Eva Silverstein | Horizon Physics: Cosmology, Black Holes, and String Theory – 1 of 2

Black hole and cosmological horizons — from which nothing can escape according to classical gravity — play a crucial role in physics. They are central to our understanding of the origin of structure in the universe, but also lead to fascinating and persistent theoretical puzzles. They have become accessible observationally to a remarkable degree, albeit indirectly. These lectures will start by introducing horizons and how they arise in classical gravity (Einstein’s general relativity). In the early universe, the uncertainty principle of quantum mechanics in the presence of a horizon introduced by accelerated expansion (inflation) leads to a beautifully simple, and empirically tested, theory of the origin of structure. Its effects reach us in tiny fluctuations in the background radiation we observe from the time when atoms first formed.

This theory, and the observations, are sensitive to very high energy physics, including effects expected from a quantum theory of gravity such as string theory. Modeling the early universe within that framework helps us better understand the inflationary process and its observational signatures. Analyzing the `big data’ from the early universe — which continues to pour in — is a major effort. This provides concrete tests of theoretical models of degrees of freedom and interactions happening almost 14 billion years ago.

Our understanding breaks down if we push further back in time, or into black hole horizons. This challenges us to determine more precisely how and why our existing theories fail. I will explain these basic puzzles, and conclude with some of the latest results on this question in string theory, which exhibits interesting new effects near black hole horizons.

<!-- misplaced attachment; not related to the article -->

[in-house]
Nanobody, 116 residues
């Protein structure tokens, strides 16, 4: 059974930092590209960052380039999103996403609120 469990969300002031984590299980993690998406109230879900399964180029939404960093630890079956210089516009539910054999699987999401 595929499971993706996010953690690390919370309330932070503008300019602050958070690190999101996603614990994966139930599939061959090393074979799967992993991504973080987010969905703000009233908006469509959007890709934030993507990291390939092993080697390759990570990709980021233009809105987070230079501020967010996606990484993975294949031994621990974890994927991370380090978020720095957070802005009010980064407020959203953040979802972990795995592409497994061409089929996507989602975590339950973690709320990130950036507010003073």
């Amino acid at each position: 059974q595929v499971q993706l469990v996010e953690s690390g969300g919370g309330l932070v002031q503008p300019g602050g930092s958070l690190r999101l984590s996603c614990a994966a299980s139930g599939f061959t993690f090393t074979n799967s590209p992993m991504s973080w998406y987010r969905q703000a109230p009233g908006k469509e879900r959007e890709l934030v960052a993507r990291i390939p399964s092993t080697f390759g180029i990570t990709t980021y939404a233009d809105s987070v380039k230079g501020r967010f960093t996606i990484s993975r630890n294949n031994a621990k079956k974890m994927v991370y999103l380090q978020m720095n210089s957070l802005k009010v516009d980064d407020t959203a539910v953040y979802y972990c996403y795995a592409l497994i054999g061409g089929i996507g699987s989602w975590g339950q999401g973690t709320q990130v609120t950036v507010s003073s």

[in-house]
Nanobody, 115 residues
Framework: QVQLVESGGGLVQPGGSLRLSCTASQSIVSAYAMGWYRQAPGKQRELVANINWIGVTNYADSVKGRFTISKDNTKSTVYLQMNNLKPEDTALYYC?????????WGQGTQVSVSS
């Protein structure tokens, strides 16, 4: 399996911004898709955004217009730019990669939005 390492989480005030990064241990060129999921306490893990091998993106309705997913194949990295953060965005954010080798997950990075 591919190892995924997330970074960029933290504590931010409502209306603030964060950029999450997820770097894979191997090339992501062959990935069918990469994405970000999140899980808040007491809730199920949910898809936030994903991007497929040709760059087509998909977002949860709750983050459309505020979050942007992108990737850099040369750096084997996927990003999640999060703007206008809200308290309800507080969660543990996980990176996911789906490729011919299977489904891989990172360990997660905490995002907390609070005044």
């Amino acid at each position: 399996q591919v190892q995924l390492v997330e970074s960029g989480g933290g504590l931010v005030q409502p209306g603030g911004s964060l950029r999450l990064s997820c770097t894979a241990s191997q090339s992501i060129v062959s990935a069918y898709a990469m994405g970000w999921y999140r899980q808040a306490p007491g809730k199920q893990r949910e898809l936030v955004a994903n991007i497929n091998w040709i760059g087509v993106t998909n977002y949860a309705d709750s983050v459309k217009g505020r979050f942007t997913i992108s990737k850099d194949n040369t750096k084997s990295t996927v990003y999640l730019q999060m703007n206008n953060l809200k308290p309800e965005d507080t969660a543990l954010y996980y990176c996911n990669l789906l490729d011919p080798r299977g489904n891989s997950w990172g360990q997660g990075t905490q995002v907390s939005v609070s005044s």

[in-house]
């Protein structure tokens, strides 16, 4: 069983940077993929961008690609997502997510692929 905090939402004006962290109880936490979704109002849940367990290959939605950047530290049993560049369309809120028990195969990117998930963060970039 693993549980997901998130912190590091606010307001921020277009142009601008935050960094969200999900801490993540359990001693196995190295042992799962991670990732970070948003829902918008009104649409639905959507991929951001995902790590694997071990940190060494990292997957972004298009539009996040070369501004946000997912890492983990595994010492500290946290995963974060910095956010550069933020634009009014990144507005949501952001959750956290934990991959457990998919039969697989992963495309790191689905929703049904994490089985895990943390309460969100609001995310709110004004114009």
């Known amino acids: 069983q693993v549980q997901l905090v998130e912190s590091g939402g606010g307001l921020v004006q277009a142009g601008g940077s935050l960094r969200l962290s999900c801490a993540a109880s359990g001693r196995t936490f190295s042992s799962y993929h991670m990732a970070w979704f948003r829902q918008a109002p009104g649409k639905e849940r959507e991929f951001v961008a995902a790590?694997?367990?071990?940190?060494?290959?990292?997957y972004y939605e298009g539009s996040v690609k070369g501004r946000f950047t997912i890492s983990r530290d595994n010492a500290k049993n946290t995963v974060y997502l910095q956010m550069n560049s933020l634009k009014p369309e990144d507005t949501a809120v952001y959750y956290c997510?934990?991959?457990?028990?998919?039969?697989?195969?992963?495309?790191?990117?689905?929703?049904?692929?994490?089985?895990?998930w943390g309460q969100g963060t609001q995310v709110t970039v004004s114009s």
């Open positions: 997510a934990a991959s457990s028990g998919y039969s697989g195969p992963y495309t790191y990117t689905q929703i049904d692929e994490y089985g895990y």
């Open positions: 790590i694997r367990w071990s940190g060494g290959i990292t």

Schrödinger lecture 2014: Professor Serge Haroche – Shedding new light on Schrödinger’s cat

Quantum theory has allowed scientists to understand better the subatomic world, and led to revolutionary technologies including computers, lasers and atomic clocks. In spite of its successes, quantum physics can seem strange and counterintuitive. It describes a world in which the concepts of waves and particles are deeply intertwined; and has led to the bizarre notions of superposition, which allows particles to exist in many concurrent states until observed, and entanglement, whereby particles control the state of distant and seemingly unconnected partners within a system.
2012 Physics Nobel Laureate Professor Serge Haroche delivers the annual Schrödinger Lecture

Quantum theory: it’s unreal

How to construct a better narrative over what really goes on in the subatomic world. Inaugural lecture of Professor Terry Rudolph. recorded on 29 October 2014

Class 01 Reading Marx’s Capital Vol I with David Harvey

Class 01 Reading Marx’s Capital Vol I with David Harvey
Class 1 Introduction. An open course consisting of a close reading of the text of Volume I of Marx’s Capital in 13 video lectures by Professor David Harvey. The page numbers Professor Harvey refers to are valid for both the Penguin Classics and Vintage Books editions of Capital.

Antimatter: Why the anti-world matters

Tara Shears – Antimatter: Why the anti-world matters
Antimatter, an identical, oppositely charged version of normal matter, is one of the most mysterious substances in the Universe and very little of it survives today. Tara Shears examines the progress being made towards understanding this elusive version of matter, and explains the latest results from LHCb and elsewhere.

Quantum Fields: The Real Building Blocks of the Universe

David Tong – Quantum Fields: The Real Building Blocks of the Universe
According to our best theories of physics, the fundamental building blocks of matter are not particles, but continuous fluid-like substances known as ‘quantum fields’. David Tong explains what we know about these fields, and how they fit into our understanding of the Universe.